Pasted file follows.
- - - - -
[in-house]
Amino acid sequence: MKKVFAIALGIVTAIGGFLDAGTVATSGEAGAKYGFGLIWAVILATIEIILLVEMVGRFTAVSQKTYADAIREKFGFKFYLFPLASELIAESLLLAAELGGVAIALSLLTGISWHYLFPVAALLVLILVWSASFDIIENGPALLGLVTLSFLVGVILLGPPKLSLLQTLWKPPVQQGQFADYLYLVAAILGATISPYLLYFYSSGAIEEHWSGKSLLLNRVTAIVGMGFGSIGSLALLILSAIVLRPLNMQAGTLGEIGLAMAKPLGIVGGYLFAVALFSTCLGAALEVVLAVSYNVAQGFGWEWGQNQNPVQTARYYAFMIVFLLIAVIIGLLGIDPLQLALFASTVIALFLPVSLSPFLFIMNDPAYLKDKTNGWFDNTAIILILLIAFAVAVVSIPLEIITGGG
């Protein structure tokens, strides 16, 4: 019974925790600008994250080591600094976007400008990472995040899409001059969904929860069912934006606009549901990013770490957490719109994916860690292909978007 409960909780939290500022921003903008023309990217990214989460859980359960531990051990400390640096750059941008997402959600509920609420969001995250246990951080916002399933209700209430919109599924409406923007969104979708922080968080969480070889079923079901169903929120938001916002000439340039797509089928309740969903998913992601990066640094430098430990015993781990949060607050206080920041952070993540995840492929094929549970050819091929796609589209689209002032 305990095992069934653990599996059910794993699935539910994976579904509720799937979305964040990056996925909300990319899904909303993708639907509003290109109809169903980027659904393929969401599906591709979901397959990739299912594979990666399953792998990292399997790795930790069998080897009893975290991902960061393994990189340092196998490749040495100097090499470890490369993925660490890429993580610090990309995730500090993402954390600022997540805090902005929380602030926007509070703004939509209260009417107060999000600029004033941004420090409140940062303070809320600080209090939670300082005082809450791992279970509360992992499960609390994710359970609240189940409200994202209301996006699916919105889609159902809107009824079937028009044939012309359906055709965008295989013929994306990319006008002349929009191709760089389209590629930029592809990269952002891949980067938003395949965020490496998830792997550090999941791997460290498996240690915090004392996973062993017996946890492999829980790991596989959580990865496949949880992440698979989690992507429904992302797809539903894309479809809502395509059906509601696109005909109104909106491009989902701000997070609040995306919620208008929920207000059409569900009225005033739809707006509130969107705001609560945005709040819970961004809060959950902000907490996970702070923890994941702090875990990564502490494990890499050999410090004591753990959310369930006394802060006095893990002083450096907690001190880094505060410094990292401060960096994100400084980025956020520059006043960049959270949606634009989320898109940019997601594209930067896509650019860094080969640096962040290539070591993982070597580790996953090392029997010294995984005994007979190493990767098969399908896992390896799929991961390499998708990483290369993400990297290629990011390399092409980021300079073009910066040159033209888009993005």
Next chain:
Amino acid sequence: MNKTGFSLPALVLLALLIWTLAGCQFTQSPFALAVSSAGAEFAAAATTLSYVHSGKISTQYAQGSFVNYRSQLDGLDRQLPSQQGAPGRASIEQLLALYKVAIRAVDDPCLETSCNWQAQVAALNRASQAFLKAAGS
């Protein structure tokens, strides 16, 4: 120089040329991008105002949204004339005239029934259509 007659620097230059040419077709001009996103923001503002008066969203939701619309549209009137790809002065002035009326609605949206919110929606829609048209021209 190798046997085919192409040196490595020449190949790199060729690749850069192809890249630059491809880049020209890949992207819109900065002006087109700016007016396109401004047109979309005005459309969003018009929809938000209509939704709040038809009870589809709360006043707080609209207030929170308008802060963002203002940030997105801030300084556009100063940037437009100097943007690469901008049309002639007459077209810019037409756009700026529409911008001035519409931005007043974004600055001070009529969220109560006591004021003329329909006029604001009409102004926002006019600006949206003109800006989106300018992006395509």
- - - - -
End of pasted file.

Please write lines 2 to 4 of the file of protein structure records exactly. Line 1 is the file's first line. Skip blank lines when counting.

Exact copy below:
Amino acid sequence: MKKVFAIALGIVTAIGGFLDAGTVATSGEAGAKYGFGLIWAVILATIEIILLVEMVGRFTAVSQKTYADAIREKFGFKFYLFPLASELIAESLLLAAELGGVAIALSLLTGISWHYLFPVAALLVLILVWSASFDIIENGPALLGLVTLSFLVGVILLGPPKLSLLQTLWKPPVQQGQFADYLYLVAAILGATISPYLLYFYSSGAIEEHWSGKSLLLNRVTAIVGMGFGSIGSLALLILSAIVLRPLNMQAGTLGEIGLAMAKPLGIVGGYLFAVALFSTCLGAALEVVLAVSYNVAQGFGWEWGQNQNPVQTARYYAFMIVFLLIAVIIGLLGIDPLQLALFASTVIALFLPVSLSPFLFIMNDPAYLKDKTNGWFDNTAIILILLIAFAVAVVSIPLEIITGGG
């Protein structure tokens, strides 16, 4: 019974925790600008994250080591600094976007400008990472995040899409001059969904929860069912934006606009549901990013770490957490719109994916860690292909978007 409960909780939290500022921003903008023309990217990214989460859980359960531990051990400390640096750059941008997402959600509920609420969001995250246990951080916002399933209700209430919109599924409406923007969104979708922080968080969480070889079923079901169903929120938001916002000439340039797509089928309740969903998913992601990066640094430098430990015993781990949060607050206080920041952070993540995840492929094929549970050819091929796609589209689209002032 305990095992069934653990599996059910794993699935539910994976579904509720799937979305964040990056996925909300990319899904909303993708639907509003290109109809169903980027659904393929969401599906591709979901397959990739299912594979990666399953792998990292399997790795930790069998080897009893975290991902960061393994990189340092196998490749040495100097090499470890490369993925660490890429993580610090990309995730500090993402954390600022997540805090902005929380602030926007509070703004939509209260009417107060999000600029004033941004420090409140940062303070809320600080209090939670300082005082809450791992279970509360992992499960609390994710359970609240189940409200994202209301996006699916919105889609159902809107009824079937028009044939012309359906055709965008295989013929994306990319006008002349929009191709760089389209590629930029592809990269952002891949980067938003395949965020490496998830792997550090999941791997460290498996240690915090004392996973062993017996946890492999829980790991596989959580990865496949949880992440698979989690992507429904992302797809539903894309479809809502395509059906509601696109005909109104909106491009989902701000997070609040995306919620208008929920207000059409569900009225005033739809707006509130969107705001609560945005709040819970961004809060959950902000907490996970702070923890994941702090875990990564502490494990890499050999410090004591753990959310369930006394802060006095893990002083450096907690001190880094505060410094990292401060960096994100400084980025956020520059006043960049959270949606634009989320898109940019997601594209930067896509650019860094080969640096962040290539070591993982070597580790996953090392029997010294995984005994007979190493990767098969399908896992390896799929991961390499998708990483290369993400990297290629990011390399092409980021300079073009910066040159033209888009993005």
Next chain: